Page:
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Any time someone translates a novel to the stage, there is risk involved. The depth of interior monologue, the detail of setting and character, the convolutions of plot and emotion, even the poetry of language used to provide all of this, are all limited by the confines of the stage and the time frame expected of a standard play.
Never is this more true than when dramatizing the works of Charles Dickens. A man who loved theater, his works are in many ways quite theatrical, but they are also often intricate, interior and long. One either carves much of the detailed verbiage away, as has been done several ways for, say, “Oliver Twist,” or one extends the play into two parts, as the Royal Shakespeare Company did for “Nicholas Nickleby”. Michael Poulton’s adaptation of “A Tale of Two Cities” now open at A Noise Within in Pasadena chooses the former, but in the process creates a focus on the meat of Dickens’ story: that of the dangers of both oligarchy and chaos.
For those who did not read the novel in high school (or after) the play follows the fortunes of Charles Darnay, a French aristocrat who renounces his noble family for a life of work in Britain just as the French Revolution sparks. In Britain he must fight accusations of being a spy, and in the process becomes close to three people who will define his life.
One is Dr. Manette, long a prisoner in the Bastille, whom he assists in traveling safely from France to England. Another is Manette’s daughter Lucie, whom Darnay marries. The third is the profligate Sydney Carton, his virtual look-alike, whose friendship with Darnay, and wistful love for Lucie provide lifelines for a man who, though young, sees himself as already worthless and beyond redemption. Then Darnay’s servant begs him to return to revolutionary France at the height of the Reign of Terror to save his life.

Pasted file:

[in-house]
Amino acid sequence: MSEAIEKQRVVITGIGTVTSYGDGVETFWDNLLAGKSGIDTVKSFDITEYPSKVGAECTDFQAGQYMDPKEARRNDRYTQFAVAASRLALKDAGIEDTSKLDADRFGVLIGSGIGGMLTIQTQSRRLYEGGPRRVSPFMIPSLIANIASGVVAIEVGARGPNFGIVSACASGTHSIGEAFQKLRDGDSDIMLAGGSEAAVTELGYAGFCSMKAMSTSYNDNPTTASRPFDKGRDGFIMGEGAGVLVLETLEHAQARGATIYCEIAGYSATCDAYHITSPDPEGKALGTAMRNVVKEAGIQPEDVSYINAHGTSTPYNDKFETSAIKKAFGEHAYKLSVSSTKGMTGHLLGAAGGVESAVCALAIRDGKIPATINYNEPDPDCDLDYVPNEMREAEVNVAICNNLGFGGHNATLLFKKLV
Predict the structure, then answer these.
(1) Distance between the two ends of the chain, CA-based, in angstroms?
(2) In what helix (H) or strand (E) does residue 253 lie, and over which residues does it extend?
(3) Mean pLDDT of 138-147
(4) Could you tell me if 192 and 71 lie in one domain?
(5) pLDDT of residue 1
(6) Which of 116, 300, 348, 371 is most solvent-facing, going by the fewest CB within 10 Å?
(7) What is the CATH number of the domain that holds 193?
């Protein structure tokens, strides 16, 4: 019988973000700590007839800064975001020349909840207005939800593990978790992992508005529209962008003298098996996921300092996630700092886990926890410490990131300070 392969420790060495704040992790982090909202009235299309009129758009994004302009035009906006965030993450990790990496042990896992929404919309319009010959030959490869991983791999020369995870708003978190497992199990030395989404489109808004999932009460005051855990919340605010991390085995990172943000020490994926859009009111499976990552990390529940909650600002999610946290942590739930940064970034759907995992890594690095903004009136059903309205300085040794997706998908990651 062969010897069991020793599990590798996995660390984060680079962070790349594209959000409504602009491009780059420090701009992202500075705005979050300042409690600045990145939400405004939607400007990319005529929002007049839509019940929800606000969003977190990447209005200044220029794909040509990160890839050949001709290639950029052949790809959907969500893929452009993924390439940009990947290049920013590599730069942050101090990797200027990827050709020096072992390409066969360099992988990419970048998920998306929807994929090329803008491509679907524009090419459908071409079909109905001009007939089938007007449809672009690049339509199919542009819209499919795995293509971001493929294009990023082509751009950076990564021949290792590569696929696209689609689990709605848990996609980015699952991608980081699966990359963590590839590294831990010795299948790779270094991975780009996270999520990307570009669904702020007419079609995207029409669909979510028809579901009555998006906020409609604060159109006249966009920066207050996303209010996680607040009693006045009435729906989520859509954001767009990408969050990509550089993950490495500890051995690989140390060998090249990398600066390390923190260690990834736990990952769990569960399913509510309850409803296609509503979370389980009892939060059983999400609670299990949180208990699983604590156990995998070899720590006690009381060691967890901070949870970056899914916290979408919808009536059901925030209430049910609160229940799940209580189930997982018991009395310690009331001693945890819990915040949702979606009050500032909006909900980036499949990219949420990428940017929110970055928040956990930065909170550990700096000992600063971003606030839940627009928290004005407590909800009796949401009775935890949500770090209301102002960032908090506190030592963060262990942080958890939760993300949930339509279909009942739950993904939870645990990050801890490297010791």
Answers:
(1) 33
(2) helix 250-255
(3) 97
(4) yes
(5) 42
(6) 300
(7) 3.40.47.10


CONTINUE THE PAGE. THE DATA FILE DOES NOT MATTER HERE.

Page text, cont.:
As adapted by Poulton, this becomes both a character study, and an examination of the explosion and vengeance resulting from an oligarchy pushing inequality too far. As a result, it avoids the more Victorian villainization of the rebels, turns the story to focus on personal struggles and definitions of justice, and manages to ennoble the wayward Carton without whitewashing his behaviors or his depression. As directed by Julia Rodriguez-Elliott and Geoff Elliott, this episodic and complex tale is given a sense of seamlessness which allows the main themes to rise.
Tavis Doucette makes an earnest and straightforward Darnay. Emily Goss provides a sense of innocence, bravery and devotion as Lucie, while Nicholas Hormann delivers a calm practicality as her father Dr. Manette. Also important is Michael Stone Forrest, who gives the English banker Mr. Lorry a sense of presence and a force of personality which ties together much of the most tense period in the storyline. Trisha Miller, as Lucie’s devoted governess, radiates the strength and indignation of the British servant class. Abby Craden make the villain, Madame Defarge, most convincing, but in a way which underscores this French peasant’s reasons for her searing hatred of Darnay’s family.
Still, the center of the tale in this rendition is Frederick Stuart’s Sydney Carton. Stuart makes Carton’s dissolution more a symptom of depression and oppression by opportunistic employers than simply a sin in and of itself. The other characters’ sympathy for him proves more justifiable, and his willingness to lean toward nobility and sacrifice far more logical. It’s a powerful performance.
Also integral to the production’s success are Jenny Foldenauer’s costumes which, with the exception of a couple of barrister wigs, proves authentic and unexaggerated. Fred Kinney’s modular set pieces, coupled with Kristin Campbell’s projections create drama out of crates and partitions in very effective ways, allowing swift changes of scene in the process. Robert Oriol’s original songs bring the emotional backdrop of the era’s tensions.
“A Tale of Two Cities”, as a story, is a classic in every sense of the word. At ANW it is done justice in many ways. Though some purists may miss a concentration on the inner monologues which make Dickensian characters so interesting and yet so hard to portray, this version when performed this well proves that a tale of upheaval and ethics plays well to a modern audience. Indeed, given the current state of the world, a discussion of oppression, revenge, and ethical choices takes on greater significance.